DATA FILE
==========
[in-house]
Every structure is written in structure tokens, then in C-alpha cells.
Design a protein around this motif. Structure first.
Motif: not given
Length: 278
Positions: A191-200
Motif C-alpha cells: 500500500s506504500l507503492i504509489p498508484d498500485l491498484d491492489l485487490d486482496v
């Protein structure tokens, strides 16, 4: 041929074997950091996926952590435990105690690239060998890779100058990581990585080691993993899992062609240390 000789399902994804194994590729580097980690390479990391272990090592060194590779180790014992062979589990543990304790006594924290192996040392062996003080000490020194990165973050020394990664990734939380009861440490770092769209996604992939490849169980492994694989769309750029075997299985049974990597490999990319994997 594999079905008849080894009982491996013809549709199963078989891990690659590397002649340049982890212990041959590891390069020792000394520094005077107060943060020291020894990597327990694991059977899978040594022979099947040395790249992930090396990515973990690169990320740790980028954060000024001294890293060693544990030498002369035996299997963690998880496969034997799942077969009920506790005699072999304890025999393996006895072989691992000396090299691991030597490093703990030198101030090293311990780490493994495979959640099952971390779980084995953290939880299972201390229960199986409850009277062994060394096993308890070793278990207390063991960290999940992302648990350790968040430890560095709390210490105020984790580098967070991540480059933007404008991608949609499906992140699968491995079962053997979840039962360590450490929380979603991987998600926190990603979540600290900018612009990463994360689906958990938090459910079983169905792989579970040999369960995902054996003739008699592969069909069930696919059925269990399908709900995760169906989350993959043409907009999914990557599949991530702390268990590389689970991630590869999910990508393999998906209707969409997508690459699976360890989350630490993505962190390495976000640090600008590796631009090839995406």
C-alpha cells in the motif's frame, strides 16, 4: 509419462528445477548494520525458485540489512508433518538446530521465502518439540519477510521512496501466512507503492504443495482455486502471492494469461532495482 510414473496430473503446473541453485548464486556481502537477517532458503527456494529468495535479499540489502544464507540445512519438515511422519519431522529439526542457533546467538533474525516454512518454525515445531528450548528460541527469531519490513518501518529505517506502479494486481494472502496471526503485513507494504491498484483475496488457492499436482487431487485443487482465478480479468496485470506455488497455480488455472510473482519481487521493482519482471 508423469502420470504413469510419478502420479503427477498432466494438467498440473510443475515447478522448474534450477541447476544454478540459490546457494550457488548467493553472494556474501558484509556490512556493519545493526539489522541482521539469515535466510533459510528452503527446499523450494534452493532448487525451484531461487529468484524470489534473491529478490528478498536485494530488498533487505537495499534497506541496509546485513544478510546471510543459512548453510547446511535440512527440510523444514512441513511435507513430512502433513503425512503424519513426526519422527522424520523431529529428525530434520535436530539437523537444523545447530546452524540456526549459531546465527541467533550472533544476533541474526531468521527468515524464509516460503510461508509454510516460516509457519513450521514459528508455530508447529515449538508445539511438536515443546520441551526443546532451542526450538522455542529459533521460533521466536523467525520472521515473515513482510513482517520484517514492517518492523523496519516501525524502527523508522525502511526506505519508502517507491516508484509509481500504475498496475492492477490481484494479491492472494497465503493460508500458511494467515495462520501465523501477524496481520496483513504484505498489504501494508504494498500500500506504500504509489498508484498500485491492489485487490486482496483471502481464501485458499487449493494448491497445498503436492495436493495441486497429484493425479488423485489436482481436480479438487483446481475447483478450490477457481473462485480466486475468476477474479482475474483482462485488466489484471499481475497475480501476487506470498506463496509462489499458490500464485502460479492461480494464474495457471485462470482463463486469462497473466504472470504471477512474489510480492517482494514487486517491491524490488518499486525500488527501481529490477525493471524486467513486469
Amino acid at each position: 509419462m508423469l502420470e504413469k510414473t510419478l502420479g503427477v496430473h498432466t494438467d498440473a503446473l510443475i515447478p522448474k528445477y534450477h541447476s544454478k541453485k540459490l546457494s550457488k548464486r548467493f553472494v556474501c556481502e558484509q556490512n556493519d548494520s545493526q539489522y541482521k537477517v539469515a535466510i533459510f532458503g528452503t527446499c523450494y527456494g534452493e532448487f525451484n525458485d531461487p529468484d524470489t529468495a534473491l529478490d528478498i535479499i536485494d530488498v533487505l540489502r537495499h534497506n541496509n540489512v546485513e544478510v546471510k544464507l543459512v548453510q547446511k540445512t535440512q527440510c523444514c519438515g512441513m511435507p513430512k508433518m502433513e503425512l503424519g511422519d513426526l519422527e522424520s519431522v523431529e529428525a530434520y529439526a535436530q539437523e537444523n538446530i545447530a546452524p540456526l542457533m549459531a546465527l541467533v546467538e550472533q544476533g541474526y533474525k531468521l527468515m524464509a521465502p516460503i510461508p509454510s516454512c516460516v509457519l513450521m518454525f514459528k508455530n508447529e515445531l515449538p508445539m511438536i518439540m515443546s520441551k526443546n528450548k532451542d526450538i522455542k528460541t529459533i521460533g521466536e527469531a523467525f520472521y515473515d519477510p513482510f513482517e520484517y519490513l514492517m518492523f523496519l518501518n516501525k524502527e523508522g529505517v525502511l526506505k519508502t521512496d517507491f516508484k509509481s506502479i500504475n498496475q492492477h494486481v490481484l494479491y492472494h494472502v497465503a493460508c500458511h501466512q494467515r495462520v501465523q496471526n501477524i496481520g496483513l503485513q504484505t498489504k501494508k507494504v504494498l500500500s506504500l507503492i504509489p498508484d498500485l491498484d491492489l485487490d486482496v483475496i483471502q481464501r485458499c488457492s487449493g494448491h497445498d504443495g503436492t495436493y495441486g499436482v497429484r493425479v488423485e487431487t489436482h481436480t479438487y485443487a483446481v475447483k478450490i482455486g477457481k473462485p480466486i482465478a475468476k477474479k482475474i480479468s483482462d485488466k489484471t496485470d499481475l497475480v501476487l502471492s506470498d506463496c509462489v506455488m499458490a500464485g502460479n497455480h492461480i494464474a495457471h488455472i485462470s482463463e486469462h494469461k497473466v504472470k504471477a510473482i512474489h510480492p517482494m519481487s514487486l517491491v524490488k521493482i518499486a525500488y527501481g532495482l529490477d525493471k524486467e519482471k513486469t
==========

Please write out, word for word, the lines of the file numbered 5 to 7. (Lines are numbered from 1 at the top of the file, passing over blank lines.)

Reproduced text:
Length: 278
Positions: A191-200
Motif C-alpha cells: 500500500s506504500l507503492i504509489p498508484d498500485l491498484d491492489l485487490d486482496v